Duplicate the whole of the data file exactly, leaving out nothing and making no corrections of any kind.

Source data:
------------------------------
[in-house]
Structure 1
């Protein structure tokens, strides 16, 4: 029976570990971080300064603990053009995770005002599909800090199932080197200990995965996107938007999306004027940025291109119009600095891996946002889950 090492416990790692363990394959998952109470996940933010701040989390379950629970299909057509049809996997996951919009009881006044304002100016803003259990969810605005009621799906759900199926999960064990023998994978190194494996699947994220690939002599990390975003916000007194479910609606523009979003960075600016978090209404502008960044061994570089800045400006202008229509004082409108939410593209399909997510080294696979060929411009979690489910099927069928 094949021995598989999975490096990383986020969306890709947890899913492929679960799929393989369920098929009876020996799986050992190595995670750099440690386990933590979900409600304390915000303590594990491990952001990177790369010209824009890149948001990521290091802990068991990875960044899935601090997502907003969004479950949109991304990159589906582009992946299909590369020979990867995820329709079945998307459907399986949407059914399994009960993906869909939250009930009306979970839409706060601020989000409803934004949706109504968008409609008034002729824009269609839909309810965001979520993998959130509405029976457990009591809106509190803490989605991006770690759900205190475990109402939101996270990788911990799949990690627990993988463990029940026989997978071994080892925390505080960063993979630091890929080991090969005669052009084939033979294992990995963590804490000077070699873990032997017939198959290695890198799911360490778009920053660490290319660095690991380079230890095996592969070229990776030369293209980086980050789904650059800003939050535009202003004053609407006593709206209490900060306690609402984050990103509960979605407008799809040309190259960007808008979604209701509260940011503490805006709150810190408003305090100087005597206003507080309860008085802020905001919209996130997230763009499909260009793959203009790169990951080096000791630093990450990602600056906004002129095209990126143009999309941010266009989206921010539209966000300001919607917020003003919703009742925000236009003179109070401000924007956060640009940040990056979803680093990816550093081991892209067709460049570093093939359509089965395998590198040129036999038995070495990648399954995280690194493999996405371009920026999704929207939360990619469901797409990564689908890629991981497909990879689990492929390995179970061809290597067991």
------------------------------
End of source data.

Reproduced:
[in-house]
Structure 1
């Protein structure tokens, strides 16, 4: 029976570990971080300064603990053009995770005002599909800090199932080197200990995965996107938007999306004027940025291109119009600095891996946002889950 090492416990790692363990394959998952109470996940933010701040989390379950629970299909057509049809996997996951919009009881006044304002100016803003259990969810605005009621799906759900199926999960064990023998994978190194494996699947994220690939002599990390975003916000007194479910609606523009979003960075600016978090209404502008960044061994570089800045400006202008229509004082409108939410593209399909997510080294696979060929411009979690489910099927069928 094949021995598989999975490096990383986020969306890709947890899913492929679960799929393989369920098929009876020996799986050992190595995670750099440690386990933590979900409600304390915000303590594990491990952001990177790369010209824009890149948001990521290091802990068991990875960044899935601090997502907003969004479950949109991304990159589906582009992946299909590369020979990867995820329709079945998307459907399986949407059914399994009960993906869909939250009930009306979970839409706060601020989000409803934004949706109504968008409609008034002729824009269609839909309810965001979520993998959130509405029976457990009591809106509190803490989605991006770690759900205190475990109402939101996270990788911990799949990690627990993988463990029940026989997978071994080892925390505080960063993979630091890929080991090969005669052009084939033979294992990995963590804490000077070699873990032997017939198959290695890198799911360490778009920053660490290319660095690991380079230890095996592969070229990776030369293209980086980050789904650059800003939050535009202003004053609407006593709206209490900060306690609402984050990103509960979605407008799809040309190259960007808008979604209701509260940011503490805006709150810190408003305090100087005597206003507080309860008085802020905001919209996130997230763009499909260009793959203009790169990951080096000791630093990450990602600056906004002129095209990126143009999309941010266009989206921010539209966000300001919607917020003003919703009742925000236009003179109070401000924007956060640009940040990056979803680093990816550093081991892209067709460049570093093939359509089965395998590198040129036999038995070495990648399954995280690194493999996405371009920026999704929207939360990619469901797409990564689908890629991981497909990879689990492929390995179970061809290597067991």